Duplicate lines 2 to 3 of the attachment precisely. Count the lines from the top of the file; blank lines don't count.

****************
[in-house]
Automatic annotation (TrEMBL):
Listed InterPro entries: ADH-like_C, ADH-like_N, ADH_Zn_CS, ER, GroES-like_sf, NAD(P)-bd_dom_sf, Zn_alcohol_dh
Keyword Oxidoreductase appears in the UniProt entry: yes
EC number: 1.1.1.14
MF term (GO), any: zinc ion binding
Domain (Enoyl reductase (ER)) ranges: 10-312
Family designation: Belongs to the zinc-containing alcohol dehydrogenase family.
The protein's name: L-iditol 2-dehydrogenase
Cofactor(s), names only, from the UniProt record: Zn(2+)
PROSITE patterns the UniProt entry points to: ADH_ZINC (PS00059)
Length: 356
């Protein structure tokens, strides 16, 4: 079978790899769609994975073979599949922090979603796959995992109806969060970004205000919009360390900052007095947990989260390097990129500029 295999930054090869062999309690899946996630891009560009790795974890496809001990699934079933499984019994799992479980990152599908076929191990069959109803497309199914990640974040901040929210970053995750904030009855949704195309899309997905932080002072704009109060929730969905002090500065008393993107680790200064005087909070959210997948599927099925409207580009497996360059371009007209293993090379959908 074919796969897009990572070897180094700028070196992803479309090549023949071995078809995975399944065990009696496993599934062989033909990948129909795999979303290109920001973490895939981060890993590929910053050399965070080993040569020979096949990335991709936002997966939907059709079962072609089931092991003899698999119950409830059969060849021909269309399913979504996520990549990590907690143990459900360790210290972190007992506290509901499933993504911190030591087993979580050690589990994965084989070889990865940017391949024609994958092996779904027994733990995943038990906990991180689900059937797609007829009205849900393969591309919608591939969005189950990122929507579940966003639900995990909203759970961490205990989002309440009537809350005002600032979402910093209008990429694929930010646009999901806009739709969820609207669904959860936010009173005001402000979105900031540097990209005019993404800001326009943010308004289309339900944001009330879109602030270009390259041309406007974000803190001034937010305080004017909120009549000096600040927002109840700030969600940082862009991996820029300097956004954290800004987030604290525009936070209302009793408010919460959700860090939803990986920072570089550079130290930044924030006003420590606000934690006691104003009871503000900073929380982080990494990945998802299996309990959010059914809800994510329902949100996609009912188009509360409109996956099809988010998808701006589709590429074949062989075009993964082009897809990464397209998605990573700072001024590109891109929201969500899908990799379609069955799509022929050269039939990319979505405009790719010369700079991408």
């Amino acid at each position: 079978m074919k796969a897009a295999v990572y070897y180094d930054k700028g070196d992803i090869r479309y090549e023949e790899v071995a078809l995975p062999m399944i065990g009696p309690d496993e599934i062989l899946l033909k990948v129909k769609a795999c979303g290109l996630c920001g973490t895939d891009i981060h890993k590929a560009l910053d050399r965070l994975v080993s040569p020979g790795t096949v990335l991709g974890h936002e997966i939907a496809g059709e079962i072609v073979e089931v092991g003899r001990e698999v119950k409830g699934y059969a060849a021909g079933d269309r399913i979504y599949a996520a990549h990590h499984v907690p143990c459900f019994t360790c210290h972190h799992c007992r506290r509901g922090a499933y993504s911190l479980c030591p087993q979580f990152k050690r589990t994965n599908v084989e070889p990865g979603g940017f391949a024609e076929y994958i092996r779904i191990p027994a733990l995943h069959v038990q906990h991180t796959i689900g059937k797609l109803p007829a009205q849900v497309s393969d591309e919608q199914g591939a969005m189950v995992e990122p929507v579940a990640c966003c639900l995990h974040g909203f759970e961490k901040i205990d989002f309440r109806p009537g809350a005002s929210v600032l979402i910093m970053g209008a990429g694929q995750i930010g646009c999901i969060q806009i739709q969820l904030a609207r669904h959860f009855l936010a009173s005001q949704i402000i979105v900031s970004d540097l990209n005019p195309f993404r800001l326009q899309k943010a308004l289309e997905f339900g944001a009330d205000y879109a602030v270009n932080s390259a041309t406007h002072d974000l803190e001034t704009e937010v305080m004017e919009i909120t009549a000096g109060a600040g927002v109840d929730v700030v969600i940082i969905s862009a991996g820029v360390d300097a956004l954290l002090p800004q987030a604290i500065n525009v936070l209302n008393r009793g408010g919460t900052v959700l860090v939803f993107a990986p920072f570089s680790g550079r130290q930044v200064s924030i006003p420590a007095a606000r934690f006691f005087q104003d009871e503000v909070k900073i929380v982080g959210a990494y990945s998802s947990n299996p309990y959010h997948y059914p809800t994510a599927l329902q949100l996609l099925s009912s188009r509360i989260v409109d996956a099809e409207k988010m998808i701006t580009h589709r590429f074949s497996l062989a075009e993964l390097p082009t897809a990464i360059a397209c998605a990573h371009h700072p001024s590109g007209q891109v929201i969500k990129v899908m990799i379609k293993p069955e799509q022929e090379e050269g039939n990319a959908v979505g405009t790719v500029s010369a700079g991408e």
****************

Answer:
Automatic annotation (TrEMBL):
Listed InterPro entries: ADH-like_C, ADH-like_N, ADH_Zn_CS, ER, GroES-like_sf, NAD(P)-bd_dom_sf, Zn_alcohol_dh